Monday, 13 June 2022

Beware of strange infiltrators in the garden.... Houttuynia cordata, to be exact

Here's an odd thing: one of "my" gardens has what we call the "wild border", which is a north-facing border, backed by a low wall and a high hedge, which contains a few solid shrubs, a big Hazel tree, two slightly over-large Hollies, and an underplanting of Hellebores, Solomon's Seal, and Primroses.

We call it the "wild border" because I don't weed it very much (as per instructions), in order to give the wildlife somewhere to lurk, and a way of getting from one side of the garden to the other, without having to brave the open lawn.

Every so often, though, I am directed to tidy it up, to prevent it from returning to the wild, and last week, while weeding, I found a new plant growing there.


At first sight, this sent me into a bit of a panic, because it looked a bit like Japanese Knotweed (Fallopia japonica), whose leaves have a very characteristic blunt-bottomed spade shape - rather like the sort of spade you see on American movies, when they are burying corpses.

Not like our coal shovels.

You could also describe them as shield-shaped: technically, botanically, they are cuspidate (ending abruptly in a long point) and truncate (ie chopped off, not flaring gracefully in to the petiole or stalk).

And if you look at that plain green leaf, it does indeed appear to be truncate, and the stem looks kinda reddish, which is another feature of Japanese Knotweed.

Why did the possibility send me into a panic? 

Because Japanese Knotweed is a terrible, dreadful thing: don't take my word for it, look it up for yourself. It is invasive, thuggish, fast-growing, destructive, impossible to kill, and it can - seriously - make your house un-sellable. There are photos on the internet of houses with the stuff growing up indoors, through patio doors, through walls -

How to cope with Japanese knotweed | Bricks & Mortar | The Times

In this photo, it's actually growing through the cladding on a house, from the inside outwards!!

However, after a few minutes of thinking about it, I realised that it was not Knotweed.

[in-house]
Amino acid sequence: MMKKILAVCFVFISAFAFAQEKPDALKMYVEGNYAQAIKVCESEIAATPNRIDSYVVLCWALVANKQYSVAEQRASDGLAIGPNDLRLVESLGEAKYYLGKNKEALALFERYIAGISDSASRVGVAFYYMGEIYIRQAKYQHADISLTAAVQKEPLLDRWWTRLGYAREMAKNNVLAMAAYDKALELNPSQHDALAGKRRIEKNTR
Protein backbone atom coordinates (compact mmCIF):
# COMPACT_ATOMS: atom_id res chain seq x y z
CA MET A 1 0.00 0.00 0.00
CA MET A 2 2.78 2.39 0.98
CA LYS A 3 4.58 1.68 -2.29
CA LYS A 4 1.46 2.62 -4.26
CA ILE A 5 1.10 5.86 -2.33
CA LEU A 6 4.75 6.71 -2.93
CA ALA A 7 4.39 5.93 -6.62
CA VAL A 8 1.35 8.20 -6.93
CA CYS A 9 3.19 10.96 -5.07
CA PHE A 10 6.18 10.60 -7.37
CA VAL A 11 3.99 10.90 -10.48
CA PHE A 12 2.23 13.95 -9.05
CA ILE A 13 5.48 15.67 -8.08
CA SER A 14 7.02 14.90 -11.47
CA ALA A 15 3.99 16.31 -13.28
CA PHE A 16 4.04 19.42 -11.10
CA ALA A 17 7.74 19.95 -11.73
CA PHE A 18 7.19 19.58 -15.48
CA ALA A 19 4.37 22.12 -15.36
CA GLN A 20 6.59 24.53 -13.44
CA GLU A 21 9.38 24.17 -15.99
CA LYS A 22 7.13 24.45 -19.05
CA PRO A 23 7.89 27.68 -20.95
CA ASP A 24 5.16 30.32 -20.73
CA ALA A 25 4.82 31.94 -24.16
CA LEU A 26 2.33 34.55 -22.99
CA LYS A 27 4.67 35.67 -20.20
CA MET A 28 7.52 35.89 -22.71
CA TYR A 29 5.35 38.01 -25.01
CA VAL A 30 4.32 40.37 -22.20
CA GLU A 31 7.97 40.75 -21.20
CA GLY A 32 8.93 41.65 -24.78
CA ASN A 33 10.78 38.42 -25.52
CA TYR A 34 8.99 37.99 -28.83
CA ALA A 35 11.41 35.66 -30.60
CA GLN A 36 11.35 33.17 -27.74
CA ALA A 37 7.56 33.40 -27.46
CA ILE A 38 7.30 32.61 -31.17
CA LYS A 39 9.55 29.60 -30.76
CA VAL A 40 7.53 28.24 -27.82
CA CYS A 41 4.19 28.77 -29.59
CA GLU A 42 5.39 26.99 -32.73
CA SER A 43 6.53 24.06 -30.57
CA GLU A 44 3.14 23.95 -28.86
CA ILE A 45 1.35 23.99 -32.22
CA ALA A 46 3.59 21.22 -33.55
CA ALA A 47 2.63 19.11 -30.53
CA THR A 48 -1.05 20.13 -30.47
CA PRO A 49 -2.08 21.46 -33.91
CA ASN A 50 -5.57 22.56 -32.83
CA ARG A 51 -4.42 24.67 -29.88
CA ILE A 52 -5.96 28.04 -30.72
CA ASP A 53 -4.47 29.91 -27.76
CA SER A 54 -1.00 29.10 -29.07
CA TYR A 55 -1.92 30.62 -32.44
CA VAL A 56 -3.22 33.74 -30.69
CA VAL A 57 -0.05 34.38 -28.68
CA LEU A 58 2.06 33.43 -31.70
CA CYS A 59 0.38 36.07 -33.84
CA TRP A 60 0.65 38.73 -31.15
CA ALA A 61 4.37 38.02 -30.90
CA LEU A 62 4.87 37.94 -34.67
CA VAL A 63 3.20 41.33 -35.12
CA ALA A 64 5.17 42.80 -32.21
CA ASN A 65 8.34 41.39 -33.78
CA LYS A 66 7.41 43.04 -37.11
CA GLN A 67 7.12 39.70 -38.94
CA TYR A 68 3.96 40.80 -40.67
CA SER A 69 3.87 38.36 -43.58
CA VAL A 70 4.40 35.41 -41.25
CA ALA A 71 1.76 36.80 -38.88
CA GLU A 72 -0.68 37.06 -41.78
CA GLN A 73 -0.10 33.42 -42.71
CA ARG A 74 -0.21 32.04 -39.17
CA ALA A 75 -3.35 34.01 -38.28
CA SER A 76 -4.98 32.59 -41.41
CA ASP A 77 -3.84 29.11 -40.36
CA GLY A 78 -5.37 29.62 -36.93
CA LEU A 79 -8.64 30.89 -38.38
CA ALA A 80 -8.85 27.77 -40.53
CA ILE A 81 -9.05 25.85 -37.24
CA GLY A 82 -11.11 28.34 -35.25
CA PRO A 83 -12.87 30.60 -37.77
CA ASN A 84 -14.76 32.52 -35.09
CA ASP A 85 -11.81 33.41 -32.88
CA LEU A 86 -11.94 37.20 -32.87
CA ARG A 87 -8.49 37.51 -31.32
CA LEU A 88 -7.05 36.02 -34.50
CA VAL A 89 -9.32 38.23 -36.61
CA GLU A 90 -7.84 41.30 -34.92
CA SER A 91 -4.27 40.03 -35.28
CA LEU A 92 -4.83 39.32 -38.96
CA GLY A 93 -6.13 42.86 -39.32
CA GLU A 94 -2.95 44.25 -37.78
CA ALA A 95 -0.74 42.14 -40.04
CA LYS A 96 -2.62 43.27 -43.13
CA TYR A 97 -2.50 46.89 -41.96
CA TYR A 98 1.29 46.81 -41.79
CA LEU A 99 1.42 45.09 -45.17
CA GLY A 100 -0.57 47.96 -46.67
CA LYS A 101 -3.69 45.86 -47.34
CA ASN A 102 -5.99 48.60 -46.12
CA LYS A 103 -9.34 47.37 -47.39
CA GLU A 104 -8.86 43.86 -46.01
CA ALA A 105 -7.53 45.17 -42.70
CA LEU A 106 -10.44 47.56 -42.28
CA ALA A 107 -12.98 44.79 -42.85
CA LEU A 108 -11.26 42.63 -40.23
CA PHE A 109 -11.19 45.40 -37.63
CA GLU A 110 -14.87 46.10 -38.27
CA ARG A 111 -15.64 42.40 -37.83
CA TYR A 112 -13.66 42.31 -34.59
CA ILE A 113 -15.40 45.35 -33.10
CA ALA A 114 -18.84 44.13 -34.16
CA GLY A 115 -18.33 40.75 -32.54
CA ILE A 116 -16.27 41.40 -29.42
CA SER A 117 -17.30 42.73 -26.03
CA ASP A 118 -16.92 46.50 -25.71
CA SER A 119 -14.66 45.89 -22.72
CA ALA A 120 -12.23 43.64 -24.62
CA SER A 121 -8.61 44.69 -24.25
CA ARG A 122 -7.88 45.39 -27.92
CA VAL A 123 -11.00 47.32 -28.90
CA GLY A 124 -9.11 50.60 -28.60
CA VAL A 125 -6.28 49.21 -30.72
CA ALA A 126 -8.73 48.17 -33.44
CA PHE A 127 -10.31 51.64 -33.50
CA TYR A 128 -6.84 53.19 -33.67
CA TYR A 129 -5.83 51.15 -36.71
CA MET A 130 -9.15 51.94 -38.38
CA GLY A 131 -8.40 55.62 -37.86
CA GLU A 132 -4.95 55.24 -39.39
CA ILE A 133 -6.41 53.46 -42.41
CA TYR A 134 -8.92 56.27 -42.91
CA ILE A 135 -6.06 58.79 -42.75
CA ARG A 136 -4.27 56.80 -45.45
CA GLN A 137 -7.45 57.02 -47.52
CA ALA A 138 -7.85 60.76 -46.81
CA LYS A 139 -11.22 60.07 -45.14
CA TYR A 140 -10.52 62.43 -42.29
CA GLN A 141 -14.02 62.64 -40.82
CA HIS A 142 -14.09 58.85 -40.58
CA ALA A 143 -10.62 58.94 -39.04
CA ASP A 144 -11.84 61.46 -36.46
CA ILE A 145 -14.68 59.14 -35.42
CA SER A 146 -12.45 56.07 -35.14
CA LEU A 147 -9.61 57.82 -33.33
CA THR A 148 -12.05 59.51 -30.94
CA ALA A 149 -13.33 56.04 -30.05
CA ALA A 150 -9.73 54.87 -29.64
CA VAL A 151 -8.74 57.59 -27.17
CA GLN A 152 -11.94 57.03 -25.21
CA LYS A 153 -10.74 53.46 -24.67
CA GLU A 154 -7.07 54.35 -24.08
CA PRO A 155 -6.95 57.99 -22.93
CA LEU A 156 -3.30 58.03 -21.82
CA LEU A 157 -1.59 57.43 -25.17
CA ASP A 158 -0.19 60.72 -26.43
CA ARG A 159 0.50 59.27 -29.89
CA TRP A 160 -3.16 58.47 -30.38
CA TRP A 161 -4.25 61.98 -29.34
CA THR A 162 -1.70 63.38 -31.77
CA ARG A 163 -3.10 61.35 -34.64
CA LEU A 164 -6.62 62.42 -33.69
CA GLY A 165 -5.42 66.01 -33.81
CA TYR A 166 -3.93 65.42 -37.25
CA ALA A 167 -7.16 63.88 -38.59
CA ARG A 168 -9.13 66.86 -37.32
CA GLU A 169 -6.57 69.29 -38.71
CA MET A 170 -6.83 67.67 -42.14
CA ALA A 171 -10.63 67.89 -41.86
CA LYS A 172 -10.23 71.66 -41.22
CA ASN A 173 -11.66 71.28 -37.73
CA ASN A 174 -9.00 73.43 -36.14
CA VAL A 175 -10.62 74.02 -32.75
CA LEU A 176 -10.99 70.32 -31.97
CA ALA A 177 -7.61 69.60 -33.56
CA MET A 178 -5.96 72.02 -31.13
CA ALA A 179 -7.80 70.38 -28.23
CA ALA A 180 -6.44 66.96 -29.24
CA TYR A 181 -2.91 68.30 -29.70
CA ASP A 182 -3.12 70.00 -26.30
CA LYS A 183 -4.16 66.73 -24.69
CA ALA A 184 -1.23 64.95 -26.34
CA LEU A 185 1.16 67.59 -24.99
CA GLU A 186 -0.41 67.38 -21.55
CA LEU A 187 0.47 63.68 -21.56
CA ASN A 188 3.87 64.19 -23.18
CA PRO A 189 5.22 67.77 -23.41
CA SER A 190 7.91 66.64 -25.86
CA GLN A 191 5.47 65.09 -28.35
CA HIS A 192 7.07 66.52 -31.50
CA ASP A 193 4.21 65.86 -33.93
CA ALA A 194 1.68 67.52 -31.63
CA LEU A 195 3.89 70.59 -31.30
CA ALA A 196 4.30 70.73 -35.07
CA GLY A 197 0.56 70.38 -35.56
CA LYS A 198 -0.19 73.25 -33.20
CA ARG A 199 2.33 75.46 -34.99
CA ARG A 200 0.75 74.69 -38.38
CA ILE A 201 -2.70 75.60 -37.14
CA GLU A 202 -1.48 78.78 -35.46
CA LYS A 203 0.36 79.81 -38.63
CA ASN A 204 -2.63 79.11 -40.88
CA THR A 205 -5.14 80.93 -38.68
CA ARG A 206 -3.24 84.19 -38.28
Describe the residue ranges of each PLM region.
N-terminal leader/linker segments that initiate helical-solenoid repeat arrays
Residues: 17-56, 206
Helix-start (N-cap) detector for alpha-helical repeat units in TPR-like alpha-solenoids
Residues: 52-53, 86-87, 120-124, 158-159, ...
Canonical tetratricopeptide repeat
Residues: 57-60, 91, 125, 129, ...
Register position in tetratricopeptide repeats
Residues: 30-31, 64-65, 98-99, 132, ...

How do I know?

Firstly, those leaves - most of the leaves on my invading plant were properly heart-shaped ("cordate" as we botanists say), only a few of them were truncate. 

Secondly, the stems were more or less straight, whereas Knotweed stems have a distinct zig-zag to them, as you can see in the photo above. 

Thirdly, quite a lot of the mystery plants were variegated - right - which Japanese Knotweed definitely is not.

And the variegated ones looked very familiar, although for some reason I was expecting them to be red... ah, that's it, it's Houttuynia cordata, which is a thug in its own right, but nowhere near as bad as Knotweed. 

I've encountered the red one - Houttuynia cordata 'chaemeleon' - many times, and people either love it, if it's well behaved: or they hate it, if it is attempting to take over their garden.

As a final confirmation, Knotweed is a lot, lot bigger than Houttuynia: it can grow up to ten feet tall (3m), whereas Houttuynia cordata is barely ankle height.

So, phew! what a relief, I won't need the flamethrower: but I am going to have to dig, did, and thrice dig in order to get this infestation out before it swamps the entire bed.

As for where it came from, the Client and I looked at each other in total bemusement, because we had no idea.